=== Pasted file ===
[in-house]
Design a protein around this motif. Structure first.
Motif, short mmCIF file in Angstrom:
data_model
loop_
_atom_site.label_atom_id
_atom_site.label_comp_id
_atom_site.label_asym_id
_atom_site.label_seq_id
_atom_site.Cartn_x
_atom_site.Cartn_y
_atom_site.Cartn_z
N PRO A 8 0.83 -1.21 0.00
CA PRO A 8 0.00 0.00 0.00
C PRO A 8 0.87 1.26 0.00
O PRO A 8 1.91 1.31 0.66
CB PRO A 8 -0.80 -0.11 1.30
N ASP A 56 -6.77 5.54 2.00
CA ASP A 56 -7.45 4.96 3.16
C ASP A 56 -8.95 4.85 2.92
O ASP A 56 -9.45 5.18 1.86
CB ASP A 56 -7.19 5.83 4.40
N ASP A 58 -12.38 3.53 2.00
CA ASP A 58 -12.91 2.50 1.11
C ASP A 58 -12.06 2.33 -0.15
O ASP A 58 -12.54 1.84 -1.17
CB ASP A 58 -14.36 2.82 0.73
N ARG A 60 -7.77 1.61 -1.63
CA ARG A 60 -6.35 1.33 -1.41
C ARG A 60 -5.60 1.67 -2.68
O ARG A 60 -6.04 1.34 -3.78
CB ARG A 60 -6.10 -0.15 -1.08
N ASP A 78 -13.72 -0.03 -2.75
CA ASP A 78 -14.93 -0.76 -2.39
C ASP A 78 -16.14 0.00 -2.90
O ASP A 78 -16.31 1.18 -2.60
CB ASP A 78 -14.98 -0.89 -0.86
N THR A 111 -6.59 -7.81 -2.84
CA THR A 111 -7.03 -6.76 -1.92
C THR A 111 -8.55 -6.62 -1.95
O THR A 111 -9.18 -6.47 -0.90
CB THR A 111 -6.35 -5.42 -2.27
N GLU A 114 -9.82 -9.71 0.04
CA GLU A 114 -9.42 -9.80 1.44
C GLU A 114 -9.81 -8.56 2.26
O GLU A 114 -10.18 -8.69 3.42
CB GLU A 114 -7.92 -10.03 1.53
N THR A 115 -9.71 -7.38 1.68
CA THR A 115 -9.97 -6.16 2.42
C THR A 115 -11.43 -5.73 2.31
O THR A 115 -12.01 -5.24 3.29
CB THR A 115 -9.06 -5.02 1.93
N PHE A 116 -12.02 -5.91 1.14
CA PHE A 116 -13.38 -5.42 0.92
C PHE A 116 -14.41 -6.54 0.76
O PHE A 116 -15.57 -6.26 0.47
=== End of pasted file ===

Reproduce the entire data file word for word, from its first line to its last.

[in-house]
Design a protein around this motif. Structure first.
Motif, short mmCIF file in Angstrom:
data_model
loop_
_atom_site.label_atom_id
_atom_site.label_comp_id
_atom_site.label_asym_id
_atom_site.label_seq_id
_atom_site.Cartn_x
_atom_site.Cartn_y
_atom_site.Cartn_z
N PRO A 8 0.83 -1.21 0.00
CA PRO A 8 0.00 0.00 0.00
C PRO A 8 0.87 1.26 0.00
O PRO A 8 1.91 1.31 0.66
CB PRO A 8 -0.80 -0.11 1.30
N ASP A 56 -6.77 5.54 2.00
CA ASP A 56 -7.45 4.96 3.16
C ASP A 56 -8.95 4.85 2.92
O ASP A 56 -9.45 5.18 1.86
CB ASP A 56 -7.19 5.83 4.40
N ASP A 58 -12.38 3.53 2.00
CA ASP A 58 -12.91 2.50 1.11
C ASP A 58 -12.06 2.33 -0.15
O ASP A 58 -12.54 1.84 -1.17
CB ASP A 58 -14.36 2.82 0.73
N ARG A 60 -7.77 1.61 -1.63
CA ARG A 60 -6.35 1.33 -1.41
C ARG A 60 -5.60 1.67 -2.68
O ARG A 60 -6.04 1.34 -3.78
CB ARG A 60 -6.10 -0.15 -1.08
N ASP A 78 -13.72 -0.03 -2.75
CA ASP A 78 -14.93 -0.76 -2.39
C ASP A 78 -16.14 0.00 -2.90
O ASP A 78 -16.31 1.18 -2.60
CB ASP A 78 -14.98 -0.89 -0.86
N THR A 111 -6.59 -7.81 -2.84
CA THR A 111 -7.03 -6.76 -1.92
C THR A 111 -8.55 -6.62 -1.95
O THR A 111 -9.18 -6.47 -0.90
CB THR A 111 -6.35 -5.42 -2.27
N GLU A 114 -9.82 -9.71 0.04
CA GLU A 114 -9.42 -9.80 1.44
C GLU A 114 -9.81 -8.56 2.26
O GLU A 114 -10.18 -8.69 3.42
CB GLU A 114 -7.92 -10.03 1.53
N THR A 115 -9.71 -7.38 1.68
CA THR A 115 -9.97 -6.16 2.42
C THR A 115 -11.43 -5.73 2.31
O THR A 115 -12.01 -5.24 3.29
CB THR A 115 -9.06 -5.02 1.93
N PHE A 116 -12.02 -5.91 1.14
CA PHE A 116 -13.38 -5.42 0.92
C PHE A 116 -14.41 -6.54 0.76
O PHE A 116 -15.57 -6.26 0.47